Comptroller found that Landmarks did not record issuance dates for Certificates of No Effect, did not send timely notices to applicants who submitted incomplete applications, and did not reconcile permit fees collected by Buildings with permits issued by Landmarks issued. On November 30, 2016, the New York City Comptroller Scott Stringer released an audit report on the Landmarks Preservation Commission procedures and controls surrounding the issuance of Certificates of No Effect. Certificates of No Effect must be obtained from Landmarks before a property owner or tenant can perform certain kinds of work on individual landmarks or property within a historic district. Certificates of No Effect are issued for proposed work that requires a Buildings permit but does not affect a building’s essential architectural features. Expedited Certificates of No Effect are available for certain interior alterations above the second floor or below grade level. Certificates of No Effect, as opposed to Certificates of Appropriateness, do not require a public hearing or review by commissioners.
The audit sought to determine whether Certificates of No Effect were being processed in a timely manner. In the 2015 Mayor’s Management Report, it was reported that Landmarks processed 91 percent of the Certificates of No Effect within ten days, and 90 percent of the expedited permits in two days.
Landmarks is required, under the Administrative Code, to make a decision on a complete application within 30 days. Landmarks has set a goal of making a decision and issuing the permit within two weeks.
Auditors were unable to determine the promptness with which permits were issued, because Landmarks did not record actual permit issue dates. Applications are recorded in Landmarks’ Permit Application Tracking System, and the system has a field in which an “issue date” can be manually entered. Though Landmarks has been using this date to calculate the number of days taken to issue permits, auditors found that that date recorded reflected the permits’ internal submission to a supervisor for review and approval. The issue date field is generally not further updated when the permit is printed and mailed. Nowhere else is the issuance date recorded.
Auditors also determined that Landmarks was not reviewing the application process in a timely fashion. If Landmarks receives an incomplete application, it sends a materials checklist to the applicant requesting the lacking information. If the additional materials are not received within 60 days, Landmarks sends another letter informing the applicant that the application will be withdrawn if the materials are not received within 30 days. The audit found that 25 percent of in-progress certificates had been in the system in excess of 120 days. Emails were also not always sent in a timely manner. Auditors concluded that staff was not withdrawing applications, and supervisors were not reviewing the application process to see how long applications had been pending.
Auditors further found that Landmarks does not reconcile permit fees collected by Buildings with the permits Landmarks issued, and that the City does not consistently require that a permit fee be collected for every permit issued. Buildings collects the application fees and sends a monthly revenue report to the agency. Landmarks’ failure to reconcile meant that uncollected revenue or misappropriation of funds was more likely to go undetected. The Comptroller’s office posited that more than $1.9 million in permit fees possibly went uncollected between July 2014 and October 2015.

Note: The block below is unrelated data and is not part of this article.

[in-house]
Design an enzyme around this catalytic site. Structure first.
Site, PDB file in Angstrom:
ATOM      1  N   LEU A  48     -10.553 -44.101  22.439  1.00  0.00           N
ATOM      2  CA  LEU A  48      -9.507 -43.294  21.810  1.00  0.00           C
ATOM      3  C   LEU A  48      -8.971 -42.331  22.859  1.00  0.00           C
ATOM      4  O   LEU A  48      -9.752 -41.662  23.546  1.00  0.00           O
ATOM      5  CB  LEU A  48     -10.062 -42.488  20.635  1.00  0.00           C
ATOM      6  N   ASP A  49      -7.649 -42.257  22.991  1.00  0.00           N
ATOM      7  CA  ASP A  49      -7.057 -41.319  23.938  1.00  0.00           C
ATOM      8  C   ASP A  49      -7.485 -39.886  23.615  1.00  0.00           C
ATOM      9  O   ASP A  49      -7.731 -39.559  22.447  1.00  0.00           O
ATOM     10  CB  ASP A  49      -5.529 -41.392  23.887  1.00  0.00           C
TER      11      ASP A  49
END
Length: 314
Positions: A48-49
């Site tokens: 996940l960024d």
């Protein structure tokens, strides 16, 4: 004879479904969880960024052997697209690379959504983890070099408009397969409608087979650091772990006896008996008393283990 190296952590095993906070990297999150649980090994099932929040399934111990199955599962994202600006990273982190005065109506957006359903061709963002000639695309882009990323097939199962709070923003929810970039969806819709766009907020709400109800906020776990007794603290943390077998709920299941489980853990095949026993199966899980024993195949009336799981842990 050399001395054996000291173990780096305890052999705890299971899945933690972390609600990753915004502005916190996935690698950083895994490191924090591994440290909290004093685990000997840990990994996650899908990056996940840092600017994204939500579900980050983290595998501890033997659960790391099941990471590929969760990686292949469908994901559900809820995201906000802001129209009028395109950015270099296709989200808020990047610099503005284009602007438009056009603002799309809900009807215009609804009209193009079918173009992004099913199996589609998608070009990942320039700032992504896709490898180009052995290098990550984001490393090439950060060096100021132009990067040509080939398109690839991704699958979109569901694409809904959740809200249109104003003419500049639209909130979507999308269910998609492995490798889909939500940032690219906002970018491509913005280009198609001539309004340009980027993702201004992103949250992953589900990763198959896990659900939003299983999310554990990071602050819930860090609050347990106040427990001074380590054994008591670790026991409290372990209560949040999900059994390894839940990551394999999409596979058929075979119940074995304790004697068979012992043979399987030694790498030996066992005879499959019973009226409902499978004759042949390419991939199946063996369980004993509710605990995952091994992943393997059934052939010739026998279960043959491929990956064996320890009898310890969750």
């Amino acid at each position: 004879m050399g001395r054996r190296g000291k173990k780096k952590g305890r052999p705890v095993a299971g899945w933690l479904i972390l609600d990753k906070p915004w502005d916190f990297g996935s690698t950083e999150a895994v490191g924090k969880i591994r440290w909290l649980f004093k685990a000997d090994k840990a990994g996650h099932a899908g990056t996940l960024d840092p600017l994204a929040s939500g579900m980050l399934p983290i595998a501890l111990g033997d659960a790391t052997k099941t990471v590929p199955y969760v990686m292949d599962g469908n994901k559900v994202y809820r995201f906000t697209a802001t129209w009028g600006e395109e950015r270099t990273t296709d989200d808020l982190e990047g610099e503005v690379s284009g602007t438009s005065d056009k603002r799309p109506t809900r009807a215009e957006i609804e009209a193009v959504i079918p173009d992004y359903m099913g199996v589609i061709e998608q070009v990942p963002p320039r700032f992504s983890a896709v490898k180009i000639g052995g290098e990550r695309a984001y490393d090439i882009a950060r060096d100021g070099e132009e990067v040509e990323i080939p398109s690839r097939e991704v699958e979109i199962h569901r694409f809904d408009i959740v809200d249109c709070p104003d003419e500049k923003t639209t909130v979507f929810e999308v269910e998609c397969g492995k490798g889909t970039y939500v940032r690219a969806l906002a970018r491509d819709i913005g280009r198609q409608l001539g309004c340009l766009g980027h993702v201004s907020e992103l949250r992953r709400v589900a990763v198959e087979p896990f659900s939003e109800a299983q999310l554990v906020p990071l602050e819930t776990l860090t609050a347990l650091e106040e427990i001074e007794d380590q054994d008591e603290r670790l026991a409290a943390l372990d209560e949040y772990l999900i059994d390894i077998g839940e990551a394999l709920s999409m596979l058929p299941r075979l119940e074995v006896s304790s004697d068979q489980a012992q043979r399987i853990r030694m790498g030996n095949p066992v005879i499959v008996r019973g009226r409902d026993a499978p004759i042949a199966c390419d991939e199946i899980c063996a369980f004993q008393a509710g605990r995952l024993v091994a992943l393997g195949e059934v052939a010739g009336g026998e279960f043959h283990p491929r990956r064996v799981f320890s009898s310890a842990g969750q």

The report criticized Landmarks’ database for permit processing, the Permit Applications Tracking System, as having inadequate input controls, edit checks and audit trails.
The Comptroller’s Office made a series of recommendations in its report, including that the “issue date” field in the tracking system be updated to reflect the actual date the permits were issued, that Landmarks should monitor and document the dates on which permits were mailed, and implement controls to correct deficiencies in the agency’s data processing. The report recommended that Landmarks should measure the length of time between receiving applications and mailing permits, or reveal in the Mayor’s Management Report that the “issue date” does not represent the date of the permit’s mailing. Auditors said Landmarks should take measures to ensure that notifications are sent to applicants when applications are incomplete in a timely manner, and that all applications are time-stamped on receipt.
Landmarks responded that a new system for processing and recording the permit applications, named APPTRAK, was being developed, which would correct many of the issues identified in the report. Landmarks said the institution of the new program would ensure that the issue date reflected a permit’s printing for mailing, monitor all steps in the applications process, and systematize the mailing of notifications for incomplete applications.
Regarding permit fees, the Comptroller’s office suggested that Landmarks should collect the minimum fee when it issues a permit so that a fee is collected for every permit issued. Landmarks responded that it had no capacity for receiving payments, and it would be expensive and duplicative of Buildings to create such a capacity. The agency agreed that regular reconciliation of permits was appropriate.
Audit Report on the Landmarks Preservation Commission’s Issuance of Certificates of No Effect, MD16-083A, NYC Comptroller Scott M. Stringer (Nov. 30, 2016).
By: Jesse Denno (Jesse is a full-time staff writer at the Center for NYC Law).